A hundred years have passed since the birth of Zoran Kržišnik, the initiator and longtime director of the Ljubljana Biennial of Graphic Arts and the International Centre of Graphic Arts.

Zoran Kržišnik has left an indelible mark on Slovenian post-war art, especially in the field of printmaking.


The openning of the 17th International Biennial of Graphic Arts, 19 June 1987.
Moderna galerija Ljubljana Archive.

He was born on 26 January 1920 in Žirovnica in the Gorenjska region. After completing his studies in Art History at the Faculty of Arts in Ljubljana, he became the first warden of the Museum of Modern Art in 1947. In 1957, he became director of the Museum of Modern Art and held the position until 1986. Kržišnik was one of the initiators and the longtime director of the International Biennial of Graphic Arts, which functioned under the auspices of the Museum of Modern Art between 1955 and 1986. In 1986, the organisation of the Biennial of Graphic Arts was taken on by the International Centre of Graphic Arts, which was established upon the initiative of Zoran Kržišnik and the Biennial Secretariat, receiving its spaces in Tivoli Mansion. Kržišnik was the director of the International Centre of Graphic Arts from its foundation until his retirement in 2000.

He is the co-founder of the Grupa 69 art group. He is also credited with the globally accepted term of the Ljubljana school of graphic arts. For many years, he was a member of various international juries in reputable institutions, commissions and committees around the world. He also published extensively, wrote numerous pieces on contemporary art and presented Slovenian artists in comprehensive monographs and exhibition catalogues. He made a huge contribution to the promotion of Slovenian and Yugoslav printmaking across the world. He received numerous national and international accolades for his work, including the Valvasor Award, the Silver Honorary Badge of Freedom of the Republic of Slovenia and the French Legion of Honour. Zoran Kržišnik died on 2 July 2008 in Ljubljana. In 2011, a memorial sculpture dedicated to the life and work of Zoran Kržišnik by academy-trained sculptor Matjaž Počivavšek was unveiled in front of the International Centre of Graphic Arts.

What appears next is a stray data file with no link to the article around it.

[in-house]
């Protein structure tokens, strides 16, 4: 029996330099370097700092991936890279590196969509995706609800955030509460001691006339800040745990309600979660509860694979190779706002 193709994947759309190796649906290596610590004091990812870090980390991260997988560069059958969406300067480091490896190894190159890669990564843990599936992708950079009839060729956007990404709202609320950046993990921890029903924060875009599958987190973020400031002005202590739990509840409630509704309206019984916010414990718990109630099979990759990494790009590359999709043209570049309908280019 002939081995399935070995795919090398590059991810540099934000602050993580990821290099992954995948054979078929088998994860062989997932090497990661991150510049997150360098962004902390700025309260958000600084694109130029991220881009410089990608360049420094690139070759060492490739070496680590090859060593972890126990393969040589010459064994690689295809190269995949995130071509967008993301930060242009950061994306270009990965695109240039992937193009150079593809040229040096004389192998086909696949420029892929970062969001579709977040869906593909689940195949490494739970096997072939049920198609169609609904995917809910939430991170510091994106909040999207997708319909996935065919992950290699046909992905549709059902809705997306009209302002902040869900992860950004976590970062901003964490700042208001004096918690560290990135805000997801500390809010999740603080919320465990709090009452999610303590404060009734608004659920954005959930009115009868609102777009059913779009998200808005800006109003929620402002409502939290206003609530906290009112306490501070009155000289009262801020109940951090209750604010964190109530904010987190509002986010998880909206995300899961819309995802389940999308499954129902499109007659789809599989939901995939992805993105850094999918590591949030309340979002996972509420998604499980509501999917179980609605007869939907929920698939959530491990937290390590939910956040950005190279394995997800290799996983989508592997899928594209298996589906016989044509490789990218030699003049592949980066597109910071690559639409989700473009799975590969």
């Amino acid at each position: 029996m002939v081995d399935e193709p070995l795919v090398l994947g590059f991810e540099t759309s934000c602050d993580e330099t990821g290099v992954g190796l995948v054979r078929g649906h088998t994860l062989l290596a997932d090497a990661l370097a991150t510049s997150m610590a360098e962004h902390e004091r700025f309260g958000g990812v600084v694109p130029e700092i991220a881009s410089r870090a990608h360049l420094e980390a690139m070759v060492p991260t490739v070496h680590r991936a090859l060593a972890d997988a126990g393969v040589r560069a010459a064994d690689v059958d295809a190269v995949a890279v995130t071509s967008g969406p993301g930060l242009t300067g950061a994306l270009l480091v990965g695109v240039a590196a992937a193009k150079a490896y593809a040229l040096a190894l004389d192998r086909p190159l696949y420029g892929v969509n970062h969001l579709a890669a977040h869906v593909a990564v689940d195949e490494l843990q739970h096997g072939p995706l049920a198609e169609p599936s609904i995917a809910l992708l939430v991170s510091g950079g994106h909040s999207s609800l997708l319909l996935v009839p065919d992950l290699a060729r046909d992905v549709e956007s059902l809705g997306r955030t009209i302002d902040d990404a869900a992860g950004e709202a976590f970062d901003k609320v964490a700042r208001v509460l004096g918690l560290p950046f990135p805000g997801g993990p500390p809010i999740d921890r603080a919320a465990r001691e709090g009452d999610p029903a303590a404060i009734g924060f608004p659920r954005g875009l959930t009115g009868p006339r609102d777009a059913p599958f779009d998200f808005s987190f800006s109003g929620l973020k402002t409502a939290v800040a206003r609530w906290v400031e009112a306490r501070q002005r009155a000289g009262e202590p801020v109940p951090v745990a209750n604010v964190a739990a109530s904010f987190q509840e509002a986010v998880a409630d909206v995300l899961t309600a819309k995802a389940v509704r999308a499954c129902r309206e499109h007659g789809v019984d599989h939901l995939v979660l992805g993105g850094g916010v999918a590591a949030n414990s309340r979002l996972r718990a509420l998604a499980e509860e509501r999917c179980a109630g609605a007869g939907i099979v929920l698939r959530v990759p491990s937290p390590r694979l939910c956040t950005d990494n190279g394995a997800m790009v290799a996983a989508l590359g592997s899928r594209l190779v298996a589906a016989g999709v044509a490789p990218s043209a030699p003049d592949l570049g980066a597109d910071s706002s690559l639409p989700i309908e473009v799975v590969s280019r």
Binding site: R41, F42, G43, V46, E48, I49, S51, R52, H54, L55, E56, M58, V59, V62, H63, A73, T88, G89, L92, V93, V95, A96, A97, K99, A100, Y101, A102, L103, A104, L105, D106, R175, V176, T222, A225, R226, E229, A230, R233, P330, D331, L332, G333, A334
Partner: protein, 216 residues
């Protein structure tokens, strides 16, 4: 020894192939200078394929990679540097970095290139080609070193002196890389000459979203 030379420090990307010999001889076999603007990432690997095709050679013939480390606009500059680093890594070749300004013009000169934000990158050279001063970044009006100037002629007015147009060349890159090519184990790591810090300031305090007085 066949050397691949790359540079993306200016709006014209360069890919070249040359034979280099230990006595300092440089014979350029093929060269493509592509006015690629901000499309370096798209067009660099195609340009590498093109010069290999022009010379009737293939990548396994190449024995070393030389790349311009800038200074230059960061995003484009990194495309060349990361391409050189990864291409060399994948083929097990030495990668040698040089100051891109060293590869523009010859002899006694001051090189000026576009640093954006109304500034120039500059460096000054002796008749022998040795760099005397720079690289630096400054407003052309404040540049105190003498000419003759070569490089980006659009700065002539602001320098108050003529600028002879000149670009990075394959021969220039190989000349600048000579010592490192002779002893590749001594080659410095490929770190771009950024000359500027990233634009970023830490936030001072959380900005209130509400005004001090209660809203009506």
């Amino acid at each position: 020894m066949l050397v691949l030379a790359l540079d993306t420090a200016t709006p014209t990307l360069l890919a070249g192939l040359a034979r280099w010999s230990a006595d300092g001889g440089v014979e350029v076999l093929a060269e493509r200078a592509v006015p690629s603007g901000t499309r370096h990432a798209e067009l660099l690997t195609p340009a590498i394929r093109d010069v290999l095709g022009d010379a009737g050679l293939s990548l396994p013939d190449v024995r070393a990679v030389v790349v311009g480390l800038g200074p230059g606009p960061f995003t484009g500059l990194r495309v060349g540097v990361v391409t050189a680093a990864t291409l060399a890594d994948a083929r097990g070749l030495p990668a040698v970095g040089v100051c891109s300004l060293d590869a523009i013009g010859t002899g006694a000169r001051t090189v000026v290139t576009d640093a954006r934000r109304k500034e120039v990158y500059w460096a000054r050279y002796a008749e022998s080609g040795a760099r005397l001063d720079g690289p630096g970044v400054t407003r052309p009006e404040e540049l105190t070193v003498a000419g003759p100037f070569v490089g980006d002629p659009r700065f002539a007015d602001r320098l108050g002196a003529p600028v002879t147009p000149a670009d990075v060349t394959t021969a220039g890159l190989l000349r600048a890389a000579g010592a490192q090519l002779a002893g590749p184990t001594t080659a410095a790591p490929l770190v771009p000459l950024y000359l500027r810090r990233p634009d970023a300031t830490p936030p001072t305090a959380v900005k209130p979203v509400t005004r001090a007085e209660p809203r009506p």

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OPEN CALL!, CRITIC IN RESIDENCE PROGRAMME 2020

MGLC Švicarija in collaboration with the Igor Zabel Association for Culture and Theory, both based in Ljubljana, Slovenia, invites art critics or cultural journalists to apply for a fully-funded, one-month residency in Ljubljana in October 2020.

Deadline for applications: 17 February 2020

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Photo: Jaka Babnik. MGLC Arhive.

 

Openning of the exhibition

Helena Tahir, Somewhere Near

Friday, 31 January, at 1 pm, MGLC

The opening will include a guided tour by the artist Helena Tahir and the exhibition curator Božidar Zrinski.


Helena Tahir: Print (4),
from the series In the Whirl
(90 x 65 cm, linocut, 2017).

Helena Tahir represents the youngest generation of artists to deliberately explore the properties of classic printmaking techniques both in terms of form and content, hence actively co-creating the image of contemporary graphic creativity on the Slovenian art scene. The exhibition presents drawings and prints made over the recent years, some of which are here presented to the public for the first time. Helena Tahir’s graphic prints are characterised by the loquacious interweaving of various images stemming from the imagination, brimming with meaningful associations and historical references that must be carefully observed in order to make them easier to understand.